# Array. prototype. map () in Javascript _ basic knowledge-js tutorial

Source: Internet
Author: User
The map method calls the callback function once in order for each element in the original array. The returned values after each callback operation are combined to form a new array. The callback function is called only on indexes with values. indexes that have never been assigned or deleted using delete are not called. In our daily development, operations and conversion of arrays are common operations. Let's look at an example:

The Code is as follows:

Var desColors = [],
SrcColors = [
{R: 255, g: 255, B: 255}, // White
{R: 128, g: 128, B: 128}, // Gray
{R: 0, g: 0, B: 0} // Black
];

For (var I = 0, ilen = srcColors. length; I <ilen; I ++ ){
Var color = srcColors [I],
Format = function (color ){
Return Math. round (color/2 );
};

DesColors. push ({
R: format (color. r ),
G: format (color. g ),
B: format (color. B)
});
}

// Outputs:
//[
// {R: 128, g: 128, B: 128 },
// {R: 64, g: 64, B: 64 },
// {R: 0, g: 0, B: 0}
//];
Console. log (desColors );

From the above example, we can see that all operations have a high repetition rate. How can we optimize it? Fortunately, Ecmascript 5 provides us with a map method, which we can use to optimize the above example:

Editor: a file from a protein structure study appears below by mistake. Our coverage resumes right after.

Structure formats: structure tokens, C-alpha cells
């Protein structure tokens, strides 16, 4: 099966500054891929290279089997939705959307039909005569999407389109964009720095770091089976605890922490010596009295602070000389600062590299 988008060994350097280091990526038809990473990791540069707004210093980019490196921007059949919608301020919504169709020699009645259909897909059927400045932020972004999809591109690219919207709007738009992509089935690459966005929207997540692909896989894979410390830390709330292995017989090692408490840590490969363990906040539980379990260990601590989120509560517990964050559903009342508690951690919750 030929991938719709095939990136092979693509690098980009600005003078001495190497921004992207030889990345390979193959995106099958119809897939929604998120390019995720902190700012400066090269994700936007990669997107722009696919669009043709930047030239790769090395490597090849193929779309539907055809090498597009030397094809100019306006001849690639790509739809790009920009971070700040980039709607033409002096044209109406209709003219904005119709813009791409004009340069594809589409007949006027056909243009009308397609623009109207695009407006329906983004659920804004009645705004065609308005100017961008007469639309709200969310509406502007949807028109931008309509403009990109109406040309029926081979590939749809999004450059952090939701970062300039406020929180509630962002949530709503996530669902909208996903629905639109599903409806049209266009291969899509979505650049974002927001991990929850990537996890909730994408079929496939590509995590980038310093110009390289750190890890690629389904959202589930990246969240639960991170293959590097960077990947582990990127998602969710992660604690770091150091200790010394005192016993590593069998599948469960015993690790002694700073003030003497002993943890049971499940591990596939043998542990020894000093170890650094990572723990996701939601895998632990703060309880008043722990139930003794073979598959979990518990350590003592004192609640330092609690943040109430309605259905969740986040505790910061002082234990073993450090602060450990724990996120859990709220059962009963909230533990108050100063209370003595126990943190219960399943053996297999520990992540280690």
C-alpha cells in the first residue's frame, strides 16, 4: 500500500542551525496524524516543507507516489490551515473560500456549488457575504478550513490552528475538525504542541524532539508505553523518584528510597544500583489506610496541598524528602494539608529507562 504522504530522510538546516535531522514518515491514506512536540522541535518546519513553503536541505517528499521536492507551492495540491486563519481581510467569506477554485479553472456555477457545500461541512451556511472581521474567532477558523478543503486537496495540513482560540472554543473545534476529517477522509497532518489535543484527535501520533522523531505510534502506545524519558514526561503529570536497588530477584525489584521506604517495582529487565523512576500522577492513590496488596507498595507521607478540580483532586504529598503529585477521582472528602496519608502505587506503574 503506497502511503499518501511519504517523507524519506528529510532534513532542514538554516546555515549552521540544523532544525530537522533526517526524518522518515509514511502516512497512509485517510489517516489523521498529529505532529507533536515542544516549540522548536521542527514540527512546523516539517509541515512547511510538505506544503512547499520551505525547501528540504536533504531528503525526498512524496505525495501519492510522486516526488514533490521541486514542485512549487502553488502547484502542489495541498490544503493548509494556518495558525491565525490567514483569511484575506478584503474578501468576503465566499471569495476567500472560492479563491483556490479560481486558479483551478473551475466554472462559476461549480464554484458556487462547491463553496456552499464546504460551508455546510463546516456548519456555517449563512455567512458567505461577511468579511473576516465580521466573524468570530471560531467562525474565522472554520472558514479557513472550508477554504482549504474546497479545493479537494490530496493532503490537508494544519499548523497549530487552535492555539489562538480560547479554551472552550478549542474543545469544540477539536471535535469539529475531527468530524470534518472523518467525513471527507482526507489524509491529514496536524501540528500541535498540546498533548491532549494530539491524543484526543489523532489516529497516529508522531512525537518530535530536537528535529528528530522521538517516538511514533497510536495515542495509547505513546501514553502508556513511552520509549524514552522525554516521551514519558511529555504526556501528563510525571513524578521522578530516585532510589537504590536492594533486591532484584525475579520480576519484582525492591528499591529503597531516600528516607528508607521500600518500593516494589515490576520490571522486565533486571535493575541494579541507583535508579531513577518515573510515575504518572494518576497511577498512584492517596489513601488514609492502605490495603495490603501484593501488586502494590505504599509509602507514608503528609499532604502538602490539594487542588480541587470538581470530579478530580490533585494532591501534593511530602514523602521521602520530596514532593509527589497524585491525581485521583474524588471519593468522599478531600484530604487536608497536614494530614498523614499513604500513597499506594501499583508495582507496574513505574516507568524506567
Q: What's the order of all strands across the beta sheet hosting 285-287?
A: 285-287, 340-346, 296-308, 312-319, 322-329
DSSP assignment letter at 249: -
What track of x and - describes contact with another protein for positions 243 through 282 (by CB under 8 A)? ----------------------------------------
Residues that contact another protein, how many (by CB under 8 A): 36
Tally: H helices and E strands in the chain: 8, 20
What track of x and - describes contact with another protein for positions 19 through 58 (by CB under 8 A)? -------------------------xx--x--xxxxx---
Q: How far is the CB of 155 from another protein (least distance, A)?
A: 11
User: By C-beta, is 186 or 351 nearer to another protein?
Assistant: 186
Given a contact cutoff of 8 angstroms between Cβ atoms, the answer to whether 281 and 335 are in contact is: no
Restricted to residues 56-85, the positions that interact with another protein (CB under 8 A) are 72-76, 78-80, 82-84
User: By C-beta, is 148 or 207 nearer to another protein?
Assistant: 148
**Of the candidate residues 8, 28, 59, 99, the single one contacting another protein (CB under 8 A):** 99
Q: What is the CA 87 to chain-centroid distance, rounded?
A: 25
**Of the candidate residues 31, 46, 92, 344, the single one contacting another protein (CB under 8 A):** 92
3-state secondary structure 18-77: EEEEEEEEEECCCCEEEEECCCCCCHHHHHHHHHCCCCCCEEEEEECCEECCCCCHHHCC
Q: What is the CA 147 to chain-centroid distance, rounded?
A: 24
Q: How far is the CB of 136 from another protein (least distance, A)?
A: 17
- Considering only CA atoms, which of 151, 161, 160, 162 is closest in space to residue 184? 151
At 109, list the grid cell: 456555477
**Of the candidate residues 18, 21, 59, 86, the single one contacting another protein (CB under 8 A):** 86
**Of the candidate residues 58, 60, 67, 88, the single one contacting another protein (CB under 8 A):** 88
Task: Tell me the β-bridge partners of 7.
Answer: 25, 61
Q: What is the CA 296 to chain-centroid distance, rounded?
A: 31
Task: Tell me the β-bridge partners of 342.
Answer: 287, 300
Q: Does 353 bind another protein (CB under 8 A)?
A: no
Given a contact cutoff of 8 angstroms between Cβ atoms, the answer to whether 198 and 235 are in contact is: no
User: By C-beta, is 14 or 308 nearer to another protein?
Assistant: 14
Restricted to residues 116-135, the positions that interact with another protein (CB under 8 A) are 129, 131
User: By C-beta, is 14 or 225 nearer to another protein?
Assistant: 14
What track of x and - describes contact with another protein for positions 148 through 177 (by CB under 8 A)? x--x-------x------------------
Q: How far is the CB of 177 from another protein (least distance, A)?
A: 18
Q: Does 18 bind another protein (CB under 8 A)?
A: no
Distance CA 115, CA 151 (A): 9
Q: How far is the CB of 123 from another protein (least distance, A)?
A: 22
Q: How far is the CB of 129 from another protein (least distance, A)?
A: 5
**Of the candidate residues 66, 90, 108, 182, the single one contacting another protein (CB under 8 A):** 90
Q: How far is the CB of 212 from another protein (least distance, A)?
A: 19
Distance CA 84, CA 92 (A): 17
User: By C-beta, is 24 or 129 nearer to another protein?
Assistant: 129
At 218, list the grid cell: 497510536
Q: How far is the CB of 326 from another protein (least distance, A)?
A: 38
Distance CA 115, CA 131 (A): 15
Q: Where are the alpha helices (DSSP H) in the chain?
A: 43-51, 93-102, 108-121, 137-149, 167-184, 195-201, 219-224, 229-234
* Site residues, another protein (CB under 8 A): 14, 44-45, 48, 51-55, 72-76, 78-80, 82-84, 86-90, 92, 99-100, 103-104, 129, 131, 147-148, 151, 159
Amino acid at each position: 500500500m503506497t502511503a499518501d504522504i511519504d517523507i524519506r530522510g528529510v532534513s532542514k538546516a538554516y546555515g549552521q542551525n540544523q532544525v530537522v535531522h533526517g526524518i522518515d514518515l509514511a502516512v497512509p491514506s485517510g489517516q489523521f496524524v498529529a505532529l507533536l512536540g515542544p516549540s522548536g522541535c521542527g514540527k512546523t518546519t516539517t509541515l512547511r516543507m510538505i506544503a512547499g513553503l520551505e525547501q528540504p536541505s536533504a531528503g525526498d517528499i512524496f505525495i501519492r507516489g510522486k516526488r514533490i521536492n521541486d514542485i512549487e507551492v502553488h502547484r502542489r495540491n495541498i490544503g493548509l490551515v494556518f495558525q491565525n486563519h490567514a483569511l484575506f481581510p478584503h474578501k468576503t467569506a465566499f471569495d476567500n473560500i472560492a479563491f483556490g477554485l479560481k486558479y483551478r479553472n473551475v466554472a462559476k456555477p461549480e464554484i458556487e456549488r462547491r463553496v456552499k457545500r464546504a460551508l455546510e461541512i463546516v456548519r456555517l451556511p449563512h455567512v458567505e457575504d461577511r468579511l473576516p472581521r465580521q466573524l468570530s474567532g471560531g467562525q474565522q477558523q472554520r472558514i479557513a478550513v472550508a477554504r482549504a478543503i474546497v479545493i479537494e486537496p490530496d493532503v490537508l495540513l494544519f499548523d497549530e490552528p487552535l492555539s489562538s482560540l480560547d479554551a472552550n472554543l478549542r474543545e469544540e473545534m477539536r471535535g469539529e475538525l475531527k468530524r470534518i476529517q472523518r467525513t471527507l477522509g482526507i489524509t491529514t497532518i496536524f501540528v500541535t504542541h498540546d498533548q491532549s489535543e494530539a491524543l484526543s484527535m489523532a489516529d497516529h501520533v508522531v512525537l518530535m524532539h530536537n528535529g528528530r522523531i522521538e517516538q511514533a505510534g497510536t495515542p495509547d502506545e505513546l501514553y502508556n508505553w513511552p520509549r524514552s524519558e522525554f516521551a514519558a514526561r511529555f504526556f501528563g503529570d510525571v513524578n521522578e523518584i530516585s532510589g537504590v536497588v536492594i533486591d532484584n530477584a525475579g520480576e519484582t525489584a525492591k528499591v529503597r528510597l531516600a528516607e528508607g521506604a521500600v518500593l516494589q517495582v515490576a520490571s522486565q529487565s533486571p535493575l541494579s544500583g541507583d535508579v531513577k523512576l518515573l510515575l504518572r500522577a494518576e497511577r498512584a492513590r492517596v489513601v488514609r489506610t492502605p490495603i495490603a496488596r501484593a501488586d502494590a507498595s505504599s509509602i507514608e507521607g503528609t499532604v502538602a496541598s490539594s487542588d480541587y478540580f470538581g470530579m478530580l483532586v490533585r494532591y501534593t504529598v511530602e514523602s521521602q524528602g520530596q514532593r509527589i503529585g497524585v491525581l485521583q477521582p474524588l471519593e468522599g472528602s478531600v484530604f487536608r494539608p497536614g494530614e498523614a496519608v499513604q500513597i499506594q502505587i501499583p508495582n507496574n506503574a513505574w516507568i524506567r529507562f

The Code is as follows:

Var srcColors = [
{R: 255, g: 255, B: 255}, // White
{R: 128, g: 128, B: 128}, // Gray
{R: 0, g: 0, B: 0} // Black
],
DesColors = srcColors. map (function (val ){
Var format = function (color ){
Return Math. round (color/2 );
};
Return {
R: format (val. r ),
G: format (val. g ),
B: format (val. B)
}
});
// Outputs:
//[
// {R: 128, g: 128, B: 128 },
// {R: 64, g: 64, B: 64 },
// {R: 0, g: 0, B: 0}
//];
Console. log (desColors );

From the above example, we can see that we replaced the for loop with map, so we only need to care about the implementation logic of each element. For details about the map method, click here.

1. Basic map definition:
Array. map (callback [, thisArg]);

The map method calls the callback function once in order for each element in the original array. The returned values after each callback operation are combined to form a new array. The callback function is called only on indexes with values. indexes that have never been assigned or deleted using delete are not called.